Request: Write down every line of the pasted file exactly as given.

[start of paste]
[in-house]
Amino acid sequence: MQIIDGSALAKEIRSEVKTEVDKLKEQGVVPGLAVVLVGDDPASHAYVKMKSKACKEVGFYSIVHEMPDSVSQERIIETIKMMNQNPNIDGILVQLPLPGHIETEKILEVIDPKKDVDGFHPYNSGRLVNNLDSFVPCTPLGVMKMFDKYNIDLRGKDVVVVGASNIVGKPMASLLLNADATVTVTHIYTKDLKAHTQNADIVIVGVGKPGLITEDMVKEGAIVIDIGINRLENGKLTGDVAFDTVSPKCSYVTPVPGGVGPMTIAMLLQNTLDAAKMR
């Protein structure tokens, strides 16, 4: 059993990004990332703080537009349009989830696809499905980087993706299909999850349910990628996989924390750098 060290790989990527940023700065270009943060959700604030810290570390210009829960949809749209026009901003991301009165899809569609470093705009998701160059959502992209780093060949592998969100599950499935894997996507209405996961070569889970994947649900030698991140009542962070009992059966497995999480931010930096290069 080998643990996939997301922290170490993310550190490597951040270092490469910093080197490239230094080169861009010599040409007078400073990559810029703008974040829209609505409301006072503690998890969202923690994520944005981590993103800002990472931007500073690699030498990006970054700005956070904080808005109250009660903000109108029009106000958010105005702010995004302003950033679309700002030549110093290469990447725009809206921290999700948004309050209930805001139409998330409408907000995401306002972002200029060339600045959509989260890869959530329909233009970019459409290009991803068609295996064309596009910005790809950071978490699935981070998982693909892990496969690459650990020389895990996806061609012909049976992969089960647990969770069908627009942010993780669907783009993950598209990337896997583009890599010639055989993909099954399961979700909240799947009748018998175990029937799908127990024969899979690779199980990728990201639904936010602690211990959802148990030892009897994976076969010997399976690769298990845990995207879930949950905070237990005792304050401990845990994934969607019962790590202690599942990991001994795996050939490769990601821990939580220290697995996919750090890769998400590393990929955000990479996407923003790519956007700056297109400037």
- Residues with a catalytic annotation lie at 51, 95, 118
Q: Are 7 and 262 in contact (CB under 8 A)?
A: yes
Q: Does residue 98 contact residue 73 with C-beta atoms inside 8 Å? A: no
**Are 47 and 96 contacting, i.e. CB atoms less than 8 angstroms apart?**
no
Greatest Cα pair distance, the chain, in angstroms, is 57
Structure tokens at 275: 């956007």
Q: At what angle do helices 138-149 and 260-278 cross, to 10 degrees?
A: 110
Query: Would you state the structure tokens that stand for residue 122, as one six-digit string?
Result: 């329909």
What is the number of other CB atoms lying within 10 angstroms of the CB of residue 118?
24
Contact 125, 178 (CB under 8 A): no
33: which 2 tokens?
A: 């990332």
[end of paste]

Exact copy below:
[in-house]
Amino acid sequence: MQIIDGSALAKEIRSEVKTEVDKLKEQGVVPGLAVVLVGDDPASHAYVKMKSKACKEVGFYSIVHEMPDSVSQERIIETIKMMNQNPNIDGILVQLPLPGHIETEKILEVIDPKKDVDGFHPYNSGRLVNNLDSFVPCTPLGVMKMFDKYNIDLRGKDVVVVGASNIVGKPMASLLLNADATVTVTHIYTKDLKAHTQNADIVIVGVGKPGLITEDMVKEGAIVIDIGINRLENGKLTGDVAFDTVSPKCSYVTPVPGGVGPMTIAMLLQNTLDAAKMR
């Protein structure tokens, strides 16, 4: 059993990004990332703080537009349009989830696809499905980087993706299909999850349910990628996989924390750098 060290790989990527940023700065270009943060959700604030810290570390210009829960949809749209026009901003991301009165899809569609470093705009998701160059959502992209780093060949592998969100599950499935894997996507209405996961070569889970994947649900030698991140009542962070009992059966497995999480931010930096290069 080998643990996939997301922290170490993310550190490597951040270092490469910093080197490239230094080169861009010599040409007078400073990559810029703008974040829209609505409301006072503690998890969202923690994520944005981590993103800002990472931007500073690699030498990006970054700005956070904080808005109250009660903000109108029009106000958010105005702010995004302003950033679309700002030549110093290469990447725009809206921290999700948004309050209930805001139409998330409408907000995401306002972002200029060339600045959509989260890869959530329909233009970019459409290009991803068609295996064309596009910005790809950071978490699935981070998982693909892990496969690459650990020389895990996806061609012909049976992969089960647990969770069908627009942010993780669907783009993950598209990337896997583009890599010639055989993909099954399961979700909240799947009748018998175990029937799908127990024969899979690779199980990728990201639904936010602690211990959802148990030892009897994976076969010997399976690769298990845990995207879930949950905070237990005792304050401990845990994934969607019962790590202690599942990991001994795996050939490769990601821990939580220290697995996919750090890769998400590393990929955000990479996407923003790519956007700056297109400037």
- Residues with a catalytic annotation lie at 51, 95, 118
Q: Are 7 and 262 in contact (CB under 8 A)?
A: yes
Q: Does residue 98 contact residue 73 with C-beta atoms inside 8 Å? A: no
**Are 47 and 96 contacting, i.e. CB atoms less than 8 angstroms apart?**
no
Greatest Cα pair distance, the chain, in angstroms, is 57
Structure tokens at 275: 């956007």
Q: At what angle do helices 138-149 and 260-278 cross, to 10 degrees?
A: 110
Query: Would you state the structure tokens that stand for residue 122, as one six-digit string?
Result: 């329909």
What is the number of other CB atoms lying within 10 angstroms of the CB of residue 118?
24
Contact 125, 178 (CB under 8 A): no
33: which 2 tokens?
A: 């990332």